I remember our first garage sale very well. My husband and I had been preparing for weeks. We were confident we had everything under control -- until we opened the garage door an hour before the sale and found three overly eager customers already waiting in our driveway. Before we could even put out our tables, four more cars pulled up. The good news: It continued like that all day. By the end of the sale, we had made enough to cover the cost of the swing set we wanted to buy. The bad news: We barely had time to feed the kids, never mind ourselves.
That was ten garage sales ago. We've learned a lot -- mostly the hard way -- and managed to net between $100 and $800 every year. A bonus: It's been a great way to keep a cap on the enormous amount of stuff we invariably accumulate. Want to get in on the action? Read on for an insider's secrets to a successful, family-friendly garage sale.
Advertising is key to a good turn-out. But don't expect a few signs around the neighborhood to do the job. Call the classifieds section of your local newspaper to find out the cost and deadline for placing an ad that runs from the Wednesday before the sale through the big day itself. Also, check your newsstand for community papers; these weeklies often charge a nominal fee for classified ads -- and sometimes nothing at all.
Before taking out an ad, call your city or town hall to ask about any ordinances governing garage sales. Some communities require a permit or stipulate sale hours -- and though such regulation is rare, it's better to know the rules before you've spent money publicizing the event.
When you write your ad, be sure it includes the day and date of your sale, starting and ending times, your address and the nearest cross streets, and some specifics about what you're selling. (Ad costs are usually per line, sometimes per word, so be concise.) If you have loads of infant and baby gear, you might want to add "Attention New Moms!" If there will be lots of maternity wear, address your ad to mothers-to-be. In case of uncooperative weather, it's a good idea to include "Rain or Shine" to discourage would-be customers from assuming the sale is canceled. And to prevent getting caught unprepared (as we were that first year), you might want to add "No early birds, please" to your ad (but don't expect that to be totally effective).
In addition, you'll want to make a flier with the same info and photocopy it by the dozens (use brightly colored paper). Post them in area supermarkets, your children's school, the library, the commuter-train station -- anywhere with a community-events board. Then, early on the morning of the sale, tack up a flier or two at the nearest intersection. To identify your house, make sure to put a few balloons or crepe-paper streamers at the end of the driveway.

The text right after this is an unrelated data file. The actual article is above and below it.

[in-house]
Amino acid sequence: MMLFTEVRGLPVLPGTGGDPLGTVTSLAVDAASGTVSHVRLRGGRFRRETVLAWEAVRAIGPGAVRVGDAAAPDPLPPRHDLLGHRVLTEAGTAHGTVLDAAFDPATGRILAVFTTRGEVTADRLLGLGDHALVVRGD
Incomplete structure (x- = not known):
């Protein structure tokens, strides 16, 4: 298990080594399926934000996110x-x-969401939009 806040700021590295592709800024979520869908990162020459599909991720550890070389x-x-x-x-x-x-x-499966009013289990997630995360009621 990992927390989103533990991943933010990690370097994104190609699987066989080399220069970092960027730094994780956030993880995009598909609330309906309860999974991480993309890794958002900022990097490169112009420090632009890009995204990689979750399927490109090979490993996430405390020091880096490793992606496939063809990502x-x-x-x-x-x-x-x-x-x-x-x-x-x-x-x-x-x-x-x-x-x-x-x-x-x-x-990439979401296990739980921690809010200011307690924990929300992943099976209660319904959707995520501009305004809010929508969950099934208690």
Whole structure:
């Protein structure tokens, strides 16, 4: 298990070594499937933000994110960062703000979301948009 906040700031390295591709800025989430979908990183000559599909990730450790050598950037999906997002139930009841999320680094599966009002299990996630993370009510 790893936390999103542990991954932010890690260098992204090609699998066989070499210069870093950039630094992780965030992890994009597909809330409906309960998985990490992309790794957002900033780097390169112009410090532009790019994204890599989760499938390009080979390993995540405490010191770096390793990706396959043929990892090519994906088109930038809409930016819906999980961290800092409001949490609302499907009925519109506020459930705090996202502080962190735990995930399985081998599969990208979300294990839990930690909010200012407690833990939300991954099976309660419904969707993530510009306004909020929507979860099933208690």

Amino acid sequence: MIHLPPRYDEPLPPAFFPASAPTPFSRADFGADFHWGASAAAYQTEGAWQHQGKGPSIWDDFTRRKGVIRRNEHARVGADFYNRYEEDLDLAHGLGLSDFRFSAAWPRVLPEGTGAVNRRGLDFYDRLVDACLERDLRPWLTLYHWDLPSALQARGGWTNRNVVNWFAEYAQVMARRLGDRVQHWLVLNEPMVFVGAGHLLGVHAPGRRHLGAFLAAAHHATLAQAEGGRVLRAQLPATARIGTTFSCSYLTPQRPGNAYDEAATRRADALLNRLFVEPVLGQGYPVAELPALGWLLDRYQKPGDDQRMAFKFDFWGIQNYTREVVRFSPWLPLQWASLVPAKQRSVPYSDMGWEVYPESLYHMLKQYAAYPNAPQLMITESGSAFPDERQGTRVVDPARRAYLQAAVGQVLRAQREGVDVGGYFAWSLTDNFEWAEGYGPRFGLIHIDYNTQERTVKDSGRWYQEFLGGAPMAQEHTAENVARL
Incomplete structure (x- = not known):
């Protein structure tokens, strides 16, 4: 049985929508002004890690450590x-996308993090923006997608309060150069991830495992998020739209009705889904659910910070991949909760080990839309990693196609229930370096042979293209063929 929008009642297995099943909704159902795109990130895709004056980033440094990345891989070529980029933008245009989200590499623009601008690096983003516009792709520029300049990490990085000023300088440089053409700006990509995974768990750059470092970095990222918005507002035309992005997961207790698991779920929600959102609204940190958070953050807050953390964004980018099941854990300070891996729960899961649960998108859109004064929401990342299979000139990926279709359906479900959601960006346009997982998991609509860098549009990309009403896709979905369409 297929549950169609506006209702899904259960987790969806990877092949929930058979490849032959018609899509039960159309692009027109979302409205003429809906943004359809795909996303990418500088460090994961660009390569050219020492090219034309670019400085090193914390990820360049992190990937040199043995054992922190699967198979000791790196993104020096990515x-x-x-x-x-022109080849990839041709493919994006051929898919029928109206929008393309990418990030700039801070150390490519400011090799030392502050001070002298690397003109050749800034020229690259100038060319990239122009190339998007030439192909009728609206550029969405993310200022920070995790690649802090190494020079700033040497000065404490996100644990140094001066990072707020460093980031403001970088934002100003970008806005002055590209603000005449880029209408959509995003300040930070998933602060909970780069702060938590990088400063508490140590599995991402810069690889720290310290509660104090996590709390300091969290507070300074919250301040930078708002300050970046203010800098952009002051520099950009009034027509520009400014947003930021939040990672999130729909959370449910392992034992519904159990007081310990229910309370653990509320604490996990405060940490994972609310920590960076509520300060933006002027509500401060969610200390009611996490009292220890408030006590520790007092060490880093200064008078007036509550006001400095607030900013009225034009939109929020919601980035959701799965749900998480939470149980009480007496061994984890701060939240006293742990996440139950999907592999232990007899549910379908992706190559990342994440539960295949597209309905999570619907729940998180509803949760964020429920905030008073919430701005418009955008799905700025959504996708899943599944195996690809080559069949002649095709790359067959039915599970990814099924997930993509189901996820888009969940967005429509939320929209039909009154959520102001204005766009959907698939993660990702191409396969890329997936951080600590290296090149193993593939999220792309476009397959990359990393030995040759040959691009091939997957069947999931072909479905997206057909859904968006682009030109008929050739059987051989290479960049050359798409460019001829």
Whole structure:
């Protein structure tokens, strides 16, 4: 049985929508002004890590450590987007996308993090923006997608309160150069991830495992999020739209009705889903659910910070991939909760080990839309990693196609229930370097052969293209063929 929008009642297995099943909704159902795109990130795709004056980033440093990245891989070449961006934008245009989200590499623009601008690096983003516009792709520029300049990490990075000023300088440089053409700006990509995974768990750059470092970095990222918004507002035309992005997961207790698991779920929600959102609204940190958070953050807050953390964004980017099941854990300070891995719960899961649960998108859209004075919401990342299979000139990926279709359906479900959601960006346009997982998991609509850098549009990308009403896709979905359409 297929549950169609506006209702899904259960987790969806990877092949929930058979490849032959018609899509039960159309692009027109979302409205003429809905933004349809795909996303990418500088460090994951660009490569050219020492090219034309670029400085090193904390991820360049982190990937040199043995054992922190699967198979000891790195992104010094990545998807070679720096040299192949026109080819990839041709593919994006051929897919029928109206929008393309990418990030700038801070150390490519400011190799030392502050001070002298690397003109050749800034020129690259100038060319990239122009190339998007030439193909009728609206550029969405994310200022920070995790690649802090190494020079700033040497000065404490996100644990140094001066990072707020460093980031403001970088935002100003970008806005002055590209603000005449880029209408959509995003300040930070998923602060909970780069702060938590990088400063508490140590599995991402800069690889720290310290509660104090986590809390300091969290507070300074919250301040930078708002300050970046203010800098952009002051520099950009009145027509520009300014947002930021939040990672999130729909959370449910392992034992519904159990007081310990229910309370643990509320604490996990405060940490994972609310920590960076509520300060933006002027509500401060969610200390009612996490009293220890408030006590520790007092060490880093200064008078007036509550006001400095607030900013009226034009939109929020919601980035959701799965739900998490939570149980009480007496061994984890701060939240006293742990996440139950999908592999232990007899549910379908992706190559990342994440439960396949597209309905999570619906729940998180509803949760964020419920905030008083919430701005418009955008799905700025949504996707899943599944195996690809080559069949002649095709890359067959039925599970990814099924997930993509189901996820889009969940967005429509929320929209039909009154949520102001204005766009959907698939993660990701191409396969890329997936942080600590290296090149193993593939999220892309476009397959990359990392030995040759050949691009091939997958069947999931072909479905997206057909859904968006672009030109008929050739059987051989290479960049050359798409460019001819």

To get an idea of the going rate for secondhand items, visit consignment shops and stores that sell used clothing and household items. (Note: Forget about trying to make a bigger buck by charging more. Because most garage-sale junkies know what things go for, your plan will backfire.) Consignment shops, unlike other secondhand stores, are in the business of selling things on behalf of individuals; typically, the shop will split the profits 50/50 or 60/40 with the merchandise owner. (Always check with the shop to find out for sure). Using this as a gauge, I generally price my items at 60 to 75 percent of the consignment-shop price -- in other words, less than what a shop would charge but slightly more than what I'd get if I sold them at one.
Make sure to tag each item with a clearly visible price. In addition to being buyer-friendly, this keeps you from having to answer four customers about four different things at one time. It's not unusual for customers to bargain -- especially if they're buying in volume.
If all the merchandise is clearly marked, you won't be caught off guard when someone offers 20 bucks for a pile of baby clothes. In that case, by the way, an acceptable arrangement is 10 percent off the ticketed price. One exception: If it's late in the day, offering a better deal may be worth the time you'd otherwise spend boxing everything up again. And always know your rock-bottom price for each item.